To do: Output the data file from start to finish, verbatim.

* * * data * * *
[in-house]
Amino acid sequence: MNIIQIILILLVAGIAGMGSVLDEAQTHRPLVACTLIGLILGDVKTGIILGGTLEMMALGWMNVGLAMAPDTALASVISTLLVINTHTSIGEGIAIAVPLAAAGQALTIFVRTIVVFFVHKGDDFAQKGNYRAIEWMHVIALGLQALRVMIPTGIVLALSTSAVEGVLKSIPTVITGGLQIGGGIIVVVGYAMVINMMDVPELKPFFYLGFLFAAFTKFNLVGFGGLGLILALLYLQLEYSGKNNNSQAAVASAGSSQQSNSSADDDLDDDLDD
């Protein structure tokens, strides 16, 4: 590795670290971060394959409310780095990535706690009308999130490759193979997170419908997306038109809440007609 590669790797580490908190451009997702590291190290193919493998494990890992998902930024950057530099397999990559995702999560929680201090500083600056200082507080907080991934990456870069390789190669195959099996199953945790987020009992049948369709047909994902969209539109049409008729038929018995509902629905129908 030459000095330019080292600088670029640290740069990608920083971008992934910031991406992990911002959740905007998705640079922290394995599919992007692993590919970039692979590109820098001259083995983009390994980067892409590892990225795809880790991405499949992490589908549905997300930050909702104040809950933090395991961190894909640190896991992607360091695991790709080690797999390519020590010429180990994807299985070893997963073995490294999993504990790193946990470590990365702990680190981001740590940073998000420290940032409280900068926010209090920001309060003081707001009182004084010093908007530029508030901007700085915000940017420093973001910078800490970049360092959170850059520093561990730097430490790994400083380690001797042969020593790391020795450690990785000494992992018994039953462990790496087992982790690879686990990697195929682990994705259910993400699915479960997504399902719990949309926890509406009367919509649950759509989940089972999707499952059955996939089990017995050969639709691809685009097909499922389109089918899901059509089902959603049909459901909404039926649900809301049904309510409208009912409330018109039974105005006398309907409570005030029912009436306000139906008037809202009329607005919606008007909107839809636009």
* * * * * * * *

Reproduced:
[in-house]
Amino acid sequence: MNIIQIILILLVAGIAGMGSVLDEAQTHRPLVACTLIGLILGDVKTGIILGGTLEMMALGWMNVGLAMAPDTALASVISTLLVINTHTSIGEGIAIAVPLAAAGQALTIFVRTIVVFFVHKGDDFAQKGNYRAIEWMHVIALGLQALRVMIPTGIVLALSTSAVEGVLKSIPTVITGGLQIGGGIIVVVGYAMVINMMDVPELKPFFYLGFLFAAFTKFNLVGFGGLGLILALLYLQLEYSGKNNNSQAAVASAGSSQQSNSSADDDLDDDLDD
């Protein structure tokens, strides 16, 4: 590795670290971060394959409310780095990535706690009308999130490759193979997170419908997306038109809440007609 590669790797580490908190451009997702590291190290193919493998494990890992998902930024950057530099397999990559995702999560929680201090500083600056200082507080907080991934990456870069390789190669195959099996199953945790987020009992049948369709047909994902969209539109049409008729038929018995509902629905129908 030459000095330019080292600088670029640290740069990608920083971008992934910031991406992990911002959740905007998705640079922290394995599919992007692993590919970039692979590109820098001259083995983009390994980067892409590892990225795809880790991405499949992490589908549905997300930050909702104040809950933090395991961190894909640190896991992607360091695991790709080690797999390519020590010429180990994807299985070893997963073995490294999993504990790193946990470590990365702990680190981001740590940073998000420290940032409280900068926010209090920001309060003081707001009182004084010093908007530029508030901007700085915000940017420093973001910078800490970049360092959170850059520093561990730097430490790994400083380690001797042969020593790391020795450690990785000494992992018994039953462990790496087992982790690879686990990697195929682990994705259910993400699915479960997504399902719990949309926890509406009367919509649950759509989940089972999707499952059955996939089990017995050969639709691809685009097909499922389109089918899901059509089902959603049909459901909404039926649900809301049904309510409208009912409330018109039974105005006398309907409570005030029912009436306000139906008037809202009329607005919606008007909107839809636009």